Leadville 100: Race Across the Sky

I’m not sure how I got roped into crewing at Leadville, but I would not have had it any other way. In the last few years, I have learned that saying “yes” more often than “no” leads to amazing experiences and this specific race was no different.

Across this past weekend at Leadville, I learned about limits, I learned some about what to say and what not to say to someone at their ultimate edge, and I learned critical lessons about what it means to bow out of a race with absolute dignity.

I will never be able to put into words what Doug went through, mostly because I’m not even close to crazy enough to attempt a 100-mile run. However, I’ll attempt to share what I experienced during my 2am-8am shift pacing Doug up and over Powerline, between Outward Bound and Queen May during the Leadville 100.

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To be honest, I was worried about him starting from 4pm the day before our leg together, when he did not turn up at the Winfield aid station when we were expecting. We waited and waited and then, with 11 minutes to spare, he appeared from the top of the trail, made his way through the aid station and then started to attempt the impossible.

It’s hard to perform when you’re behind the eight ball. And Doug was most definitely behind the proverbial eight ball. Not only had he cut the Winfield aid station so close that people were screaming with panic during a 30+ hour race (the extended course did little to help, admittedly) but he was fighting time cuts and a slowing body to allow him to stay on course for the remaining 50 miles. By a miraculous will and amazing feat, he managed to do so.

 Doug cresting Hope(less) Pass

Doug cresting Hope(less) Pass

After our first pacer exchange and drive back to Leadville, I took a quick cat nap in my car, praying that Doug would make the next two cut-offs—but also fully aware that I may just wake up to my 1am alarm only to head back to sleep because he had not made it in time. But he made it. Due to amazing racing by Doug and pacing duties by Trent and Kris, Doug and Kris rolled into Outward Bound with about 10 minutes to spare and then my pacing duties began.

Aside: if you ever get the chance to pace someone in an Ultra, you must do it. No questions asked. The absurdity of it is the fact that you pick someone up, acknowledging that they have already run over 70 miles and, while not mentioning it explicitly, ask them to find another gear. The goal of the pacer is to help your athlete achieve their goals. But what if they have reached their limit and they are experiencing a total body shut-down and have nothing left to give? This was the issue we ran into last weekend.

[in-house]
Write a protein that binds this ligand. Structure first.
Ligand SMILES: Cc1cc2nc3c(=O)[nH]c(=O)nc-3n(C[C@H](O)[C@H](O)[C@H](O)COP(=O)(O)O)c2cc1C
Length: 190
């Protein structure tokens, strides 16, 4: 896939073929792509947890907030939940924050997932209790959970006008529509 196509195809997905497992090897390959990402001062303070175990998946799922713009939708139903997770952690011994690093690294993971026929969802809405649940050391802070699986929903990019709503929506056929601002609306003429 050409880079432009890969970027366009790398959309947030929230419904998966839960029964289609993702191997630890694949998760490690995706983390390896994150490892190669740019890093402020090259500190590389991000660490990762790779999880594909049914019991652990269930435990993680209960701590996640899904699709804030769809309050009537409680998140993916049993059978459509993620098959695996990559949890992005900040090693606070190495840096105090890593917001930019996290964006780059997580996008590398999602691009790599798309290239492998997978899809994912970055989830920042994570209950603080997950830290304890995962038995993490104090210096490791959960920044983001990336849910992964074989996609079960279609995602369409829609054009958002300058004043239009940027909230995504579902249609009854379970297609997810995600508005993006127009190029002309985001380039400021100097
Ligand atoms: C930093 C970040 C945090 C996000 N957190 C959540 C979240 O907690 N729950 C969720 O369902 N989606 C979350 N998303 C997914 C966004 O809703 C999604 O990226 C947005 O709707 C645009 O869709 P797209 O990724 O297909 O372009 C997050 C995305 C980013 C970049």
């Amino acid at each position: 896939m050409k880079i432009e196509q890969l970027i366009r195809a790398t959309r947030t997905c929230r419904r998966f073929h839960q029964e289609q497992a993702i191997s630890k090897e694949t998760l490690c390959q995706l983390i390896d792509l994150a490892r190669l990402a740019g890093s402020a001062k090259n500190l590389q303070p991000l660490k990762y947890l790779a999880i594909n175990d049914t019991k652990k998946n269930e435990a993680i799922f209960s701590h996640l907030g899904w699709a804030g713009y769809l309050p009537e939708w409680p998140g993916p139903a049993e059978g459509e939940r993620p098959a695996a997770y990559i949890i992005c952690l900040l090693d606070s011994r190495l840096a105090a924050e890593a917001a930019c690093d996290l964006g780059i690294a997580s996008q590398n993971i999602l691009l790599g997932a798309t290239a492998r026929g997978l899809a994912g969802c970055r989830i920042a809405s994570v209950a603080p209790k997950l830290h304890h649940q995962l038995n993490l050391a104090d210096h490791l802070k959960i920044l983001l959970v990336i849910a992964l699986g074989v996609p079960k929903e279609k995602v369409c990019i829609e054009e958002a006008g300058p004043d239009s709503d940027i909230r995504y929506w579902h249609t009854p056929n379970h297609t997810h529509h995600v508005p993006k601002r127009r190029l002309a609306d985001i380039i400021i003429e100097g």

The first two miles, Doug was on a mission. We got into a solid rhythm and were executing a walk-run pace that had us quickly moving through the ranks and passing close to a dozen people. We then approached the infamous climb that is Powerline. I’m glad I never got the opportunity to see this climb in the light, because it certainly would have been intimidating. Basically, the road bends and then it turns straight up. I’m convinced it’s put in the race simply to trash quads and demoralize athletes.

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Even in the dark it was hard to differentiate where the headlamps on the path ahead of us ended and where the stars above us started. But somehow the darkness served as a protector and distracted us from just how steep this section was—or perhaps Doug knew better, I just did not. 

His run-walk pace slowly disintegrated into a walk-pause pace. Kris had warned me of this some during our hurried exchange, but I never knew that I would not have the strength to compel him onwards. I told him, like a very green school-teacher, that we would only get to stop and catch our breaths for 15-seconds at a time, each time. Every time we paused I would peer at my watch, expecting I would have the fortitude to get him moving again when that quarter of a dial expired. And yet it was so hard to speak up. One look at him and you knew he was right on the edge of pain.

However, I know the pain Doug was in at that moment. Maybe not physically—mile 82 of an Ultra is a totally different beast than anywhere of an Ironman—but mentally, absolutely. To want to quit and to know that quitting would be best for your body—but not willing to accept that as the most reasonable outcome.